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Cochlear Implants Int. 2013 Mar;14 Suppl 1:S13-7. doi: 10.1179/1467010013Z.00000000079.

New expectations: pediatric cochlear implantation in Japan.

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VP Clinical Applications Japan Cochlear Limited, Tokyo, Japan.


FUNDING FOR COCHLEAR IMPLANTS: The Japanese health-care system provides universal health coverage for the entire 127 million population of Japan. This includes all aspects of cochlear implantation, from diagnosis to implantation to mapping and habilitation aftercare. Japan has the third largest developed economy; however, the uptake rate for cochlear implants is lower than that of countries with similar economic status. Japan has an uptake rate of approximately 1% of potentially suitable subjects of all ages, compared with 5.6% in the USA.


In Japan, about 55% of cochlear implant recipients are children of less than 18 years of age. This represents an increase of 20% in the last 10 years, with a relative increase in the numbers of children receiving implants compared with the numbers of adults. However, only 3-4% of children under the age of 3 years are being implanted at less than 18 months of age. This is in accordance with the Japanese ENT Academy's guidelines, which currently puts the minimum age limit for implants in children at 18 months.


For hearing loss was first piloted nationally in Japan in 2000. Funding for screening subsequently stopped in 2005, though the national treasury provided a further 2 years' funding. Since 2007 local government organizations have been given responsibility to support these screening programs, but there remains considerable variation in funding between different prefectures. In one prefecture, Okayama, 95% of babies were screened and followed up for 2 years. However, the support system for children who need further diagnostic testing after screening remains insufficient.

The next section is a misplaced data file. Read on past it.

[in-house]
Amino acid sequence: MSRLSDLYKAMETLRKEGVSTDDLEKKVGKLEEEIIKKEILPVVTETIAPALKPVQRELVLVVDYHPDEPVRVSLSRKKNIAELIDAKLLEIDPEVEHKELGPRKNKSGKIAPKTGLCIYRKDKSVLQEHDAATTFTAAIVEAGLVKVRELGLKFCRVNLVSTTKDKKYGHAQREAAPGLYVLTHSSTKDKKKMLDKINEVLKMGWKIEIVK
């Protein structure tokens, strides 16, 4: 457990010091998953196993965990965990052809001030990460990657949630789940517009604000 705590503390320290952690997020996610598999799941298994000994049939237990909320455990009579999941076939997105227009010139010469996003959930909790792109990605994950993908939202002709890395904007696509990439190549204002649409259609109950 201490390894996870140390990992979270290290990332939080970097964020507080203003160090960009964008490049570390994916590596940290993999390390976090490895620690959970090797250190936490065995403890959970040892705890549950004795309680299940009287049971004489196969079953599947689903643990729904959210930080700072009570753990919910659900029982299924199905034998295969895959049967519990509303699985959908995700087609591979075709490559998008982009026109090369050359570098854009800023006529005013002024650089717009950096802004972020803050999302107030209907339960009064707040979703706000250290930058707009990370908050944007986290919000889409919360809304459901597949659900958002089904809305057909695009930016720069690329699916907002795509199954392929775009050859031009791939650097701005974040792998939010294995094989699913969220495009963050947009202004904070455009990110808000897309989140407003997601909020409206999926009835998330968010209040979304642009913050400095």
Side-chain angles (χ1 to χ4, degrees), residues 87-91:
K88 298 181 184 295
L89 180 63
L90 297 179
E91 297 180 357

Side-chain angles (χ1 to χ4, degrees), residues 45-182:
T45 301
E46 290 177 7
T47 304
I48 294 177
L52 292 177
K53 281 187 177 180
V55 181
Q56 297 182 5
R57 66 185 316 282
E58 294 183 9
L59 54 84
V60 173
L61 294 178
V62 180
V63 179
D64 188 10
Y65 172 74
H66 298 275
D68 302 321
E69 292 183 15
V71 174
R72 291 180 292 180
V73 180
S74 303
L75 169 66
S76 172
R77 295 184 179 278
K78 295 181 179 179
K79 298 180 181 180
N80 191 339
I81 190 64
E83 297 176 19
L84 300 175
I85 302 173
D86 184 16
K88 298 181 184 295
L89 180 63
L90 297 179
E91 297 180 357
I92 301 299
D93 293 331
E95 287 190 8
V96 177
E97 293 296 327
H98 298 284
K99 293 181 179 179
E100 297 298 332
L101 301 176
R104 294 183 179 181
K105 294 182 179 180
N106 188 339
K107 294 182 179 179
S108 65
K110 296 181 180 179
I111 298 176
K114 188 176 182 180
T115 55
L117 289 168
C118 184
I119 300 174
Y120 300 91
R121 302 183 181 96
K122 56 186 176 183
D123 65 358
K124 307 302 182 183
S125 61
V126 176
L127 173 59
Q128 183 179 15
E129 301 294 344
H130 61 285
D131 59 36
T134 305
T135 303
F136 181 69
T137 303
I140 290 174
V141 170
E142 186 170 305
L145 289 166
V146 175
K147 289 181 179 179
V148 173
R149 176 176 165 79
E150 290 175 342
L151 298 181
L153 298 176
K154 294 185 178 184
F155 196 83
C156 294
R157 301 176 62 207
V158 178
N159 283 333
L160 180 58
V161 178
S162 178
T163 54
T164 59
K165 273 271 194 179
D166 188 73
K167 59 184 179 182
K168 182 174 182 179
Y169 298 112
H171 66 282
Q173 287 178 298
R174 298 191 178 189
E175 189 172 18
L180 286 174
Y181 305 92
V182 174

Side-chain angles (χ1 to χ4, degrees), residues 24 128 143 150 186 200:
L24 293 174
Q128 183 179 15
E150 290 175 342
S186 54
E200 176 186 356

When diagnosed, children with hearing loss are referred for counselling, hearing aids and habilitation. The responsibility for these is divided between the Ministry of Health and Welfare (including surgery, device programming, and therapy) and the Ministry of Education. Schools for the deaf and preschool hearing impaired education centers have had most of the responsibility for early intervention, educational choices and referral for cochlear implantation. In the past 98% of schools for children with hearing loss have used communication methods relying mostly on visual cues. In recent years, however, there has been a shift toward 'inclusive' mainstream education. Between 2008 and 2011 the number of children with cochlear implants in special needs schools increased to 16%. It is now estimated that 67% of children with cochlear implants may now be in mainstream schools. There is still the need for support services for these implanted children attending mainstream schools, with adequate provision of resources.


Cochlear Implantation has had a significant role in changing the medical management and education of children in Japan with hearing loss. Much remains to be done, though the situation has greatly improved in recent years and continues to do so.

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